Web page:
Obtaining Updates for Linux


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Thread: Obtaining Updates for Linux

  1. #1
    Join Date
    Jan 2005
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    Obtaining Updates for Linux

    I am a Web Architect for my company and have decided to test Linux out (we use solaris at present) under a couple of applications.

    Downloaded Red Hat 9 and installed (seemed to go fine), but when I tried to do the update, it seems to be implying that I need to pay Red Hat a few hundred dollars to proceed.

    Did I miss a step or is this part of the 'going with Linux' deal? Is there a legal way to get the updates from Red Hat without paying for them (this is for a Dev box).

    thx,

    j

  2. #2
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    Jan 2004
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    boston, mass USA
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    RH has officially dropped support for the RH1-9 versions, forsaking anyone who went that way. They then released RH1-9 to the development communittee and called it Fedora (currently at Fedora Core 3).

    The official RH release is called Workstation, Enterprise or Advanced? Enterprise....all of which are free when you pay huge amounts of money for their support, including their online up2date program.

    RH9 can use apt and has good repositories for updating the OS without the RH up2date subscription utility fees.

  3. #3
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    Jan 2005
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    I guess choosing Red Hat was a mistake.

    Can you suggest a brand? I am literate enough to get the thing up and running but am not currently interested in purchasing anything. I want to test this in a Dev environment, potentially on a half dozen boxes if things proceed smoothly.

    thanks for answering my previous question

  4. #4
    Join Date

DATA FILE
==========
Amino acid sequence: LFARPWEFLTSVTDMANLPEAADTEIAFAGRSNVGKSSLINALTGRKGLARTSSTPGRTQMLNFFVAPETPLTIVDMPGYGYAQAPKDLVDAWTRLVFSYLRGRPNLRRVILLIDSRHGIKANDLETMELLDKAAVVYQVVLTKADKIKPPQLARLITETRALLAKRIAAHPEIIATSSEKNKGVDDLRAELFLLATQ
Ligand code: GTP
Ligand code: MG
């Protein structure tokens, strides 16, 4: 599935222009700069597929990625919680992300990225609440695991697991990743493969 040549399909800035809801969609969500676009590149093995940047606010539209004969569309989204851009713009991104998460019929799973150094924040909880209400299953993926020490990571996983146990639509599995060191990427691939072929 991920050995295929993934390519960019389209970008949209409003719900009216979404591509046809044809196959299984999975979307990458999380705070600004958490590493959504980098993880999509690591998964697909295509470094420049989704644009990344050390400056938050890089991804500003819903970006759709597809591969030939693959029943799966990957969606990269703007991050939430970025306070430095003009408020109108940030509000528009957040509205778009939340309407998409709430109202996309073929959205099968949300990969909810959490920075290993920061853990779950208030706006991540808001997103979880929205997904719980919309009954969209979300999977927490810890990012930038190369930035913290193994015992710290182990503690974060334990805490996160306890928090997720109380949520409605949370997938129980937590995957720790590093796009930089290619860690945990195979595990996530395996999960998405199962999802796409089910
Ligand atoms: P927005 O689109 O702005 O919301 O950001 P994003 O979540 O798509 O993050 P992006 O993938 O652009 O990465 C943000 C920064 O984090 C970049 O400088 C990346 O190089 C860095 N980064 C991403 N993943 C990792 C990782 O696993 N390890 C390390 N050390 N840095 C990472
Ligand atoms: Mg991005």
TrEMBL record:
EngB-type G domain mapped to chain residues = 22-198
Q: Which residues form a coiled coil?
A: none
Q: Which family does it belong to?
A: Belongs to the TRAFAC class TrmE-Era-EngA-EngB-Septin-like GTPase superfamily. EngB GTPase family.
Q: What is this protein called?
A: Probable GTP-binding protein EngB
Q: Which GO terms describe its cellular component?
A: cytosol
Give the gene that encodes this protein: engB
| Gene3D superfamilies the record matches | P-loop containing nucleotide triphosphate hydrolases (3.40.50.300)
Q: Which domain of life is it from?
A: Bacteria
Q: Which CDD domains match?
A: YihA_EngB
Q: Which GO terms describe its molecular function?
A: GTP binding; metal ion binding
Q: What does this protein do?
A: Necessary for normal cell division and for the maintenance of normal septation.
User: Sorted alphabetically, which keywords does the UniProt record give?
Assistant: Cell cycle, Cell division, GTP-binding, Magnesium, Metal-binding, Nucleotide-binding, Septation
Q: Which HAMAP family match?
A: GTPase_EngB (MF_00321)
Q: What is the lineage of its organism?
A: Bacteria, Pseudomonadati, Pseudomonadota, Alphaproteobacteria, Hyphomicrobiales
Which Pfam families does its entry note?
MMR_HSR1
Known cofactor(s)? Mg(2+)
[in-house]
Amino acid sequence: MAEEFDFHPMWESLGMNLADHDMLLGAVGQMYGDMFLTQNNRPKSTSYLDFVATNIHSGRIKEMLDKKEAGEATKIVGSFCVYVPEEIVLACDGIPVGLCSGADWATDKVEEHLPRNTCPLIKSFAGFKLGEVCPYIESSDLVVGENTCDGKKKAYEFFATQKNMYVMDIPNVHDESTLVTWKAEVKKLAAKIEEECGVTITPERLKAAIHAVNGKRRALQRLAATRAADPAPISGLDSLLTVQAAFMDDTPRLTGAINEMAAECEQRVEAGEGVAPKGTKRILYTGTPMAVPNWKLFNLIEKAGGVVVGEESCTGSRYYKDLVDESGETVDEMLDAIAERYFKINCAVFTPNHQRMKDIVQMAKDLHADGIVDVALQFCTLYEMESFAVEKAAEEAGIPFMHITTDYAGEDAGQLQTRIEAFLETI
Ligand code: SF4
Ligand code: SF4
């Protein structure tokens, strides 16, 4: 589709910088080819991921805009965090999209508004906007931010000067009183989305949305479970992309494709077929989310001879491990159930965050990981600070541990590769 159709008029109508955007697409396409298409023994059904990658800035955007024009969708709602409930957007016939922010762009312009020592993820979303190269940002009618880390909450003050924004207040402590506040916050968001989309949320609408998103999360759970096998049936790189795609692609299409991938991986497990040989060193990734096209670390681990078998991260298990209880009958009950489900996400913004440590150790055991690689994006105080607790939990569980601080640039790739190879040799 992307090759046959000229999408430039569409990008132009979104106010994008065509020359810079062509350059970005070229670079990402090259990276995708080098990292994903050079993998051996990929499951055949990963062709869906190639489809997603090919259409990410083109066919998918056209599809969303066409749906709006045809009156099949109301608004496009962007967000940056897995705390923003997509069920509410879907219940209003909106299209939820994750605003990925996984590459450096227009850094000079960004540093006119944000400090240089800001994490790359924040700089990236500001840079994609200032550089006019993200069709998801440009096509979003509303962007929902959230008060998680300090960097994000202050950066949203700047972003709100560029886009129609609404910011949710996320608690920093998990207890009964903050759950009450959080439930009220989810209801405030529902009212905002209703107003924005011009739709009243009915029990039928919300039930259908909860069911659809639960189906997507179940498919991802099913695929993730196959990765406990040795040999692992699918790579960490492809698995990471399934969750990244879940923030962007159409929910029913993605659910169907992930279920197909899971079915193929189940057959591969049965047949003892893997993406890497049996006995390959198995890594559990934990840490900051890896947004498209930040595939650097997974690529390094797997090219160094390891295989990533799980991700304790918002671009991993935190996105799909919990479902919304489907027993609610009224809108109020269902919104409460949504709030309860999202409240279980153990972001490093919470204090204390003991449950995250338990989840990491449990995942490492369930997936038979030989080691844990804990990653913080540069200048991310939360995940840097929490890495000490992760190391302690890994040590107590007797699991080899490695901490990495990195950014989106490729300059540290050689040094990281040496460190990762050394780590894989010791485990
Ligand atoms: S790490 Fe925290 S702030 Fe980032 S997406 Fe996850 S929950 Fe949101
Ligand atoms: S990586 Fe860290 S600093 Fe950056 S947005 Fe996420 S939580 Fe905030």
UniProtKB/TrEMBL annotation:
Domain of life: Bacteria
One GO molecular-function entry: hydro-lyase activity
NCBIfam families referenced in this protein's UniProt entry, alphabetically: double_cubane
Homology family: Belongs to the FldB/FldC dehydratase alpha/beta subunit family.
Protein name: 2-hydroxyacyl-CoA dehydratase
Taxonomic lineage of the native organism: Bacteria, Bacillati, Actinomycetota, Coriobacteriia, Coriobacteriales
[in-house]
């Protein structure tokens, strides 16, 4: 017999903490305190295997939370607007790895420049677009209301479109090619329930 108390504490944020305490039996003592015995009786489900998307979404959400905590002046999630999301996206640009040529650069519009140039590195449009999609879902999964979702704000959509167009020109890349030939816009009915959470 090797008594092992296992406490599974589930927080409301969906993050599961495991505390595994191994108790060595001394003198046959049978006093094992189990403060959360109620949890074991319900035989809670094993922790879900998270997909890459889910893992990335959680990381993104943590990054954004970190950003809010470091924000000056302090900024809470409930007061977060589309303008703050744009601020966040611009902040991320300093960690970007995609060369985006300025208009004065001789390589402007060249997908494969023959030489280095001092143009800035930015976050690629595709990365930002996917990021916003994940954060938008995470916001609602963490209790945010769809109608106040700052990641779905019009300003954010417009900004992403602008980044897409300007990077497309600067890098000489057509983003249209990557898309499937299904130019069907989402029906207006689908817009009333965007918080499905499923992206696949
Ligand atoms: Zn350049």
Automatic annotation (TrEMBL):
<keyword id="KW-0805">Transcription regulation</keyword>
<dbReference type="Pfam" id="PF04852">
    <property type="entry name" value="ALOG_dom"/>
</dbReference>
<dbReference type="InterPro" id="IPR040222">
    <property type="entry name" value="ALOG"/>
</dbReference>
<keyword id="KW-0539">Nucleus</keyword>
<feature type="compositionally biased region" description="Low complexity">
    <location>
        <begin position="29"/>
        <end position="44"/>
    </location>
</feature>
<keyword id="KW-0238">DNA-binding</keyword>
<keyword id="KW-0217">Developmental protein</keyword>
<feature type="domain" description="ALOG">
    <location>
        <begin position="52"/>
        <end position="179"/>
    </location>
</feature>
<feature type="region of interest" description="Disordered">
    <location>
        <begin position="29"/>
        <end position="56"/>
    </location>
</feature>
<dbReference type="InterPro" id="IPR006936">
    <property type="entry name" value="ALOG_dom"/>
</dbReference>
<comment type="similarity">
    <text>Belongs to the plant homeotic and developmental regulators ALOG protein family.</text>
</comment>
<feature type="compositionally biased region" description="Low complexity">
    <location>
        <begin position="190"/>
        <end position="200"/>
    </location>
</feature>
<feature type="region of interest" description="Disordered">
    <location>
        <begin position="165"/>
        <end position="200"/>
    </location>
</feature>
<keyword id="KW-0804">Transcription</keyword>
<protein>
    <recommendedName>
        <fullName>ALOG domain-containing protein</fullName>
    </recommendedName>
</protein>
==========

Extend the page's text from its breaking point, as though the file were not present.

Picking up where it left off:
May 2003
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    Well, you do have a lot of choices

    But seriously, though, you can try the offshoot of red hat's distro, fedora, which is free and primarily targeted towards consumers/desktop.

    A listing of almost all linux distributions is at www.distrowatch.com

    Each distro with a description of what it is and a brief history behind it.
    <a href="http://www.justlinux.com/forum/showthread.php?s=&threadid=131047">JustLinux's Newbie Reading Guide</a>

  5. #5
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    Jan 2005
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    Thanks for the tips. I will have a look.

    With regard to Red Hat, I am only interested in Servers at this point. I mention this because you specifically mention 'workstation'. Does RH differentiate between their Server and Workstation products?

    thx

  6. #6
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    Ottawa, ON, CA
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    Debian is great for servers, absolutely free (as in: there is no commercial version), and you can update it easily from CLI or GUI.

    (click the 'Get Debian' link in my tagline)

    - T.

  7. #7
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    Jan 2003
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    fedora is sorta like "redhat 12", and is free with updates.

    debian is nice, but a bit more difficult to use.

  8. #8
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    Jan 2005
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    Then again, Fedora Core is basically beta software that people test for Red Hat free of charge, and results have been very mixed with Core 3.

    Debian shouldn't be too hard to learn for a Web Architect with a background in Solaris.

    - T.

  9. #9
    Join Date
    Jan 2005
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    Hey!

    Thanks to everyone for the suggestions. I did not mean to start a 'what is best' dialogue, as I am certain that each has its own strengths and weaknesses.

    I will go with Fedora for my initial test, as it was suggested by the person kind enough to answer first. If this looks good, I'll be back looking for reviews of different systems for a use case for our organization.

    Again, thanks to everyone for taking a moment to help this Linux nube.

    j

  10. #10
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    Jan 2003
    Location
    Denver, Colorado
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    Couple more choices

    I recently installed SuSE Enterprise Edition for a project at the office, haven't needed to update yet, and I believe I need to send my firstborn to Novell in exchange for the privilege.

    If you want free, stable, and upgradeable, give Slackware a try. The live update module is call swaret, by the way, and after 45 seconds configuring it, it works like a charm.
    Slackware current (Dell Latitude D610)
    CentOS 5.2 (Servers)
    Registered Linux User # 375030

  11. #11
    Join Date
    Jan 2005
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    2
    You can still get RedHat 9 updates, you just create a free personal account and then you can download the updates.

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